UNCONSTITUTIONALITY OF THE COMPETITION AMENDMENT BILL BY ANDREW SMITH AND EMMYLOU WEWEGE
It is hoped that the President will refer the Competition Amendment Bill to the Constitutional Court rather than sign it into to law so as to resolve its unconstitutionality and avoid unnecessary litigation. Failure to do so will spark constitutional challenges which will prevent it from being implemented while that litigation unfolds.
The Competition Amendment Bill seeks to amend the Competition Act 89 of 1998 by introducing various new provisions. We consider only those provisions which introduce criminal liability for any firm’s director or manager who is engaged in hard-core cartel conduct. Aspects of these provisions of the Bill appear to be unconstitutional.
The constitutional problems were acknowledged by President Motlanthe, who, earlier this year, rather than assenting to the Bill, referred it back to Parliament due to concerns about its constitutional validity. The Bill was considered by Parliamentary committees but was referred back to the President unchanged.
The President now has a difficult decision to make. In terms of section 79(4) of the Constitution he may assent to the Bill, in which case it becomes an Act. He may also decide to refer it to the Constitutional Court due to his concerns about its constitutional validity.
The Bill provides that if a director or manager is found guilty of engaging in or knowingly acquiescing in prohibited conduct involving hard-core cartel behaviour, he or she may be imprisoned for up to 10 years or have to pay a fine of up to R500 000, or both. Three aspects of this provision are possibly unconstitutional.
i) A reverse onus
The onus is on the State to prove all the elements of a crime beyond a reasonable doubt. Section 73A(5) of the Bill states that a finding by the Competition Tribunal of prohibited conduct by a firm, or where a firm effectively admits to such conduct by entering into a consent order agreement, is prima facie proof in a criminal trial of a director or manager of that firm that the prohibited conduct has occurred. This creates a “reverse onus”, as the State need no longer prove this element of the crime.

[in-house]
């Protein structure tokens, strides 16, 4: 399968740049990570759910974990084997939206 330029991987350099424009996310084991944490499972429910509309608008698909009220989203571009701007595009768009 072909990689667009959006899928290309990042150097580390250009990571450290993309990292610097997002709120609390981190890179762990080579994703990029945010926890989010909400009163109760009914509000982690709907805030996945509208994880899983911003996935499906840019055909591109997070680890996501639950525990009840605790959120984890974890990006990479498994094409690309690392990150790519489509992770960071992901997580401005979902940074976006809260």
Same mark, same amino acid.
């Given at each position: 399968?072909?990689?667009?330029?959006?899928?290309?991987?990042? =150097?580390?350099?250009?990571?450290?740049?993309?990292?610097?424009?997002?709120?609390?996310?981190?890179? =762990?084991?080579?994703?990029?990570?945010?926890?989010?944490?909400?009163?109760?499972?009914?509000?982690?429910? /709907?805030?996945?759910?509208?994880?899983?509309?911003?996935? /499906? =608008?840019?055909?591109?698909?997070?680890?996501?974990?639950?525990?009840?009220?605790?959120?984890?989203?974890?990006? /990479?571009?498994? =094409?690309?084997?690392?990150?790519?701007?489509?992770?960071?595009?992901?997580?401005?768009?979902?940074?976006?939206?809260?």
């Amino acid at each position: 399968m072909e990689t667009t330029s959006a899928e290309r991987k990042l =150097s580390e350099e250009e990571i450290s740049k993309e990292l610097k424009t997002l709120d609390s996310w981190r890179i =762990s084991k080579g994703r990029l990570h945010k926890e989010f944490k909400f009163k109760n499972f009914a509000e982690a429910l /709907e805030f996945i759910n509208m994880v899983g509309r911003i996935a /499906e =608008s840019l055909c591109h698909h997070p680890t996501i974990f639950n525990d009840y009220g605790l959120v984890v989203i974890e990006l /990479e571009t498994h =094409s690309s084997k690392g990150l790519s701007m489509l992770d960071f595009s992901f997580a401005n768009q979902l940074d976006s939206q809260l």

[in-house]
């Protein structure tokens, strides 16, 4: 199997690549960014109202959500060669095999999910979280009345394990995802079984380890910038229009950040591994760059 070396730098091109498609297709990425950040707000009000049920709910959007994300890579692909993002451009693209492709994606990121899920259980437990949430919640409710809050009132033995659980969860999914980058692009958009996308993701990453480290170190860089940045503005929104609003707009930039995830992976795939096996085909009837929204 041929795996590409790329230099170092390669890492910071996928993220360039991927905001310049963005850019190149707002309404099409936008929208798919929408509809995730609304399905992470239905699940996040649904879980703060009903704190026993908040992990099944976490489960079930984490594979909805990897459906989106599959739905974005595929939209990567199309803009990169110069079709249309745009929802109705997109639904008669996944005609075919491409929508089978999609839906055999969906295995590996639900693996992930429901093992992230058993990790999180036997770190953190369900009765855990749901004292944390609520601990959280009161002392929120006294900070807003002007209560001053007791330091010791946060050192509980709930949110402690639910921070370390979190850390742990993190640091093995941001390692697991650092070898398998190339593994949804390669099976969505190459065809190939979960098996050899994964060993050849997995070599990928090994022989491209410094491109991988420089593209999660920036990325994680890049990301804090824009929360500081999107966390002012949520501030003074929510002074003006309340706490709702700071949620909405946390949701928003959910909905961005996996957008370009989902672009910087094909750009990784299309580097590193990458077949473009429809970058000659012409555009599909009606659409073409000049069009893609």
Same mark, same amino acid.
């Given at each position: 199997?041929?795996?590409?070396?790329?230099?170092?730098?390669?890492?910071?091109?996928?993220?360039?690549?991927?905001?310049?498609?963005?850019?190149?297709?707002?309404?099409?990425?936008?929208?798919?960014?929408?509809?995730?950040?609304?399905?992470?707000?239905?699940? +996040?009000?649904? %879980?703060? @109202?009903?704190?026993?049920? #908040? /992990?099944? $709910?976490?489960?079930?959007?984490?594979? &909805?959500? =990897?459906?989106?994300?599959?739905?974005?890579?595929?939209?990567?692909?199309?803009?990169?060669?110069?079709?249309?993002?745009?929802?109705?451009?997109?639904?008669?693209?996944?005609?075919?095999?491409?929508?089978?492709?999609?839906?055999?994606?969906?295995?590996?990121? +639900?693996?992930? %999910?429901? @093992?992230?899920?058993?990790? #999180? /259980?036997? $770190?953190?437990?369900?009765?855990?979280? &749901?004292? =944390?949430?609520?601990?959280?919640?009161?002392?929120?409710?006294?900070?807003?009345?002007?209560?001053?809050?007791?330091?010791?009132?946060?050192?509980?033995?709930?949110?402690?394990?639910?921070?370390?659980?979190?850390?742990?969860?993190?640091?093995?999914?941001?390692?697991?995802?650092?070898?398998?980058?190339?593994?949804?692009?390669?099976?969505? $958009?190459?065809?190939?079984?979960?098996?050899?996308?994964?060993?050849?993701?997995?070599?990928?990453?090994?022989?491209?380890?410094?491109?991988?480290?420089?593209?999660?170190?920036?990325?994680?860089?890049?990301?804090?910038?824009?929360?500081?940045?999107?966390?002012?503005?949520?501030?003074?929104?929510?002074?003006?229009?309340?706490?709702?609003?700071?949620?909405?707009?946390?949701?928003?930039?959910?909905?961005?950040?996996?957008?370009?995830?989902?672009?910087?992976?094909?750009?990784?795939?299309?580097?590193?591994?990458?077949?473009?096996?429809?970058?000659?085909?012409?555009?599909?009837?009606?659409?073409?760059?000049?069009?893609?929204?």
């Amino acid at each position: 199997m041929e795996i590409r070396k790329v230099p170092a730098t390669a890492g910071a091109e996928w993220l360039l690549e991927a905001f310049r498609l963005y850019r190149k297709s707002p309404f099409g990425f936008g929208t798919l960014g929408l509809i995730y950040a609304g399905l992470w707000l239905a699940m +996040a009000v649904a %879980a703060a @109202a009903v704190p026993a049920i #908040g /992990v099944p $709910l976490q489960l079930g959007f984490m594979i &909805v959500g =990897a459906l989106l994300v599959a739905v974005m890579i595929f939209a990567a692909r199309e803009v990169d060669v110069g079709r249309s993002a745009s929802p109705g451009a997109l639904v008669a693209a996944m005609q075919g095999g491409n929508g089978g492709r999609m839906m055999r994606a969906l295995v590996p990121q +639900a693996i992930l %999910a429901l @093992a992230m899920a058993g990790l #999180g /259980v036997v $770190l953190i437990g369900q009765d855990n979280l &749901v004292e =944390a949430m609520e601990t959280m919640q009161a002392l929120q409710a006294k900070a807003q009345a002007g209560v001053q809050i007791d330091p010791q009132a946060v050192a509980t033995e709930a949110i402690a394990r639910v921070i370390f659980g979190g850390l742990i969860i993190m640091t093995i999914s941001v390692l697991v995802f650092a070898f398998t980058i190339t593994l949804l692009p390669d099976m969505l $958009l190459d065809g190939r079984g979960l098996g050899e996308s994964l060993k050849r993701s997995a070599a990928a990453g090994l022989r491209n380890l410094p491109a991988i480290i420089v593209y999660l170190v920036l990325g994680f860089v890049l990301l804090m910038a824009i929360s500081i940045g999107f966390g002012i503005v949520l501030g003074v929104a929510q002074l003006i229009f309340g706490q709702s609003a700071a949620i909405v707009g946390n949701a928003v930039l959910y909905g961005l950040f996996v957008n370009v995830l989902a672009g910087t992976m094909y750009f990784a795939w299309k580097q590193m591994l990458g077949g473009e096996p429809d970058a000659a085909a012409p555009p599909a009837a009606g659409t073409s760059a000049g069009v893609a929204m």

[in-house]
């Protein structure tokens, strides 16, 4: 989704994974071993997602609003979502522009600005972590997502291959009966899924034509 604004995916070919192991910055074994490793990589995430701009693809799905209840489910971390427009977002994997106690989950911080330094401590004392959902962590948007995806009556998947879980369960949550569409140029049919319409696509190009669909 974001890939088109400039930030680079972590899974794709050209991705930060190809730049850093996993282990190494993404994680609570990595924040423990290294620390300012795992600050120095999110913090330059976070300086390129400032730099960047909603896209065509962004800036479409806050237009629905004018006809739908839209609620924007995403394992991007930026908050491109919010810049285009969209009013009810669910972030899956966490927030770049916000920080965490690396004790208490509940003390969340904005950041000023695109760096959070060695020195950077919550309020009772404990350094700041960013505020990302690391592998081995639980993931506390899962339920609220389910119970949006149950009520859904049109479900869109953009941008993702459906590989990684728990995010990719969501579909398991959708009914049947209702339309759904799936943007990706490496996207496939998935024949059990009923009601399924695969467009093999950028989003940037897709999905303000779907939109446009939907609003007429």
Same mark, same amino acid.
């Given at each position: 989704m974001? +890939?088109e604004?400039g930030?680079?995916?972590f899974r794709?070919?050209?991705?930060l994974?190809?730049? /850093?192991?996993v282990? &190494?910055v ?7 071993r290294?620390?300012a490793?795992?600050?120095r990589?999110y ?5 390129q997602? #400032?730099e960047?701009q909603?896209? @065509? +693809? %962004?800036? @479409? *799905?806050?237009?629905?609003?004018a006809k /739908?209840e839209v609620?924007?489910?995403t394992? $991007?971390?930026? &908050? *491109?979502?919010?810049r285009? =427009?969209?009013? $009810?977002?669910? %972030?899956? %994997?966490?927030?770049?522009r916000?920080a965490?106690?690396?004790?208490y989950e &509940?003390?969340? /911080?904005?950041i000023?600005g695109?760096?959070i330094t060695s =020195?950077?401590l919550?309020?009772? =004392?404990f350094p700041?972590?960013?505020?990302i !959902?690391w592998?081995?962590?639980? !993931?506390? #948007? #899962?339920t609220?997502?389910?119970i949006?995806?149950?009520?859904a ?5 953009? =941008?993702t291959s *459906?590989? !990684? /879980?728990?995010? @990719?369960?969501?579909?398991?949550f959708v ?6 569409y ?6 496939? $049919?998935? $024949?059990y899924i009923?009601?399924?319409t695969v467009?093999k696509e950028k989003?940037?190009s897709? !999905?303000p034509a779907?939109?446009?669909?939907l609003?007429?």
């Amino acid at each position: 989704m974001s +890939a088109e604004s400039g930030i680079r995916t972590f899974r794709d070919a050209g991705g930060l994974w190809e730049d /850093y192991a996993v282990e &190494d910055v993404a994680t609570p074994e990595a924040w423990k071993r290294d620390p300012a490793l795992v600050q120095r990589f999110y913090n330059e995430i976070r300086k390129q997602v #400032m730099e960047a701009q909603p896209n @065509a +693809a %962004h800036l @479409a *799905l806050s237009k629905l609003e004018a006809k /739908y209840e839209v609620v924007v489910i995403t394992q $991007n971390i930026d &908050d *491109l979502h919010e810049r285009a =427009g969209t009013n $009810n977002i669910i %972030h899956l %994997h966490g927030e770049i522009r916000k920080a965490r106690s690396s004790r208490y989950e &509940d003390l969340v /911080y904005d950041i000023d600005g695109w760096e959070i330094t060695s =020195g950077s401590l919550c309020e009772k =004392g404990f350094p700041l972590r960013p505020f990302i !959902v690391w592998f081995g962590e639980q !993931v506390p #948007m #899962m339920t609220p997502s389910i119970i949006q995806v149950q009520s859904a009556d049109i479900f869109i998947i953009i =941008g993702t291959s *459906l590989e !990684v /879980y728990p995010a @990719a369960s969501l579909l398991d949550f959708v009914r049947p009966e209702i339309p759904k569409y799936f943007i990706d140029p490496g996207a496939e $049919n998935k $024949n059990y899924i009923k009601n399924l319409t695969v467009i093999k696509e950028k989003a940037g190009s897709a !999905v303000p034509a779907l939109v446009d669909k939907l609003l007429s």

A reverse onus is not automatically unconstitutional. There is a two-stage test:
First, does the provision violate the presumption of innocence and the requirement that the accused's guilt be proved beyond reasonable doubt? This is so if the provision creates the risk of conviction of the accused despite the existence of a reasonable doubt about his guilt. Section 73A(5) creates such a risk because an accused may be convicted despite the absence of any evidence that the firm had engaged in a prohibited practice.
Secondly, is it a justifiable limitation in terms of section 36(1) of the Constitution? The principal considerations are the purpose of the reverse onus provision and the risk it creates of the conviction of an accused despite the existence of a reasonable doubt. The apparent purpose of the reverse onus provision in this case is to ensure that the finding of prohibited conduct occurs in the Tribunal rather than in the criminal courts.
This is not, however, a legitimate purpose because an accused is entitled, in terms of section 35(3) of the Constitution, to a trial "before an ordinary court", which the Tribunal and the Competition Appeal Court (CAC) are not. The risk of conviction despite the existence of a reasonable doubt is real, because the accused may not have been party to the proceedings in the Tribunal or the CAC which determined that the firm had engaged in the prohibited practice.
Section 73A(5) is accordingly not a justifiable limitation of the presumption of innocence.
ii) Prohibition on defence funding
Section 73A(6)(b) prevents a company from financially assisting in the defence of an employee charged in terms of this section unless the prosecution is abandoned or the director or manager is acquitted. This is a clear and unjustifiable violation of the right to a fair trial. Its purpose appears vindictive and is a means which is wholly inappropriate to achieve its aim. It unjustifiably violates the accused’s right to prepare his or her defence and to choose his or her legal representative – rights entrenched in section 35 of the Constitution. This section also unconstitutionally presumes guilt rather than innocence.
iii) Prohibition on funding of a fine
Section 73A(6)(a) prohibits a firm from assisting in the payment of any fine imposed in terms of this section. Coupled with section 73A(6)(b), 73A(6)(a) shows the excessive means being employed to prevent cartel conduct; means that may not be constitutional.
We believe it would be preferable for the President to refer the Bill to the Constitutional Court. This would bring clarity and avoid unnecessary litigation. If it is not referred, we anticipate various constitutional challenges to the amended Act which will prevent it from being implemented while that litigation unfolds.
* Various arguments in this note were developed from consultations with Wim Trengove SC
Andrew Smith is a senior associate and Emmylou Wewege is a candidate attorney at Bowman Gilfillan.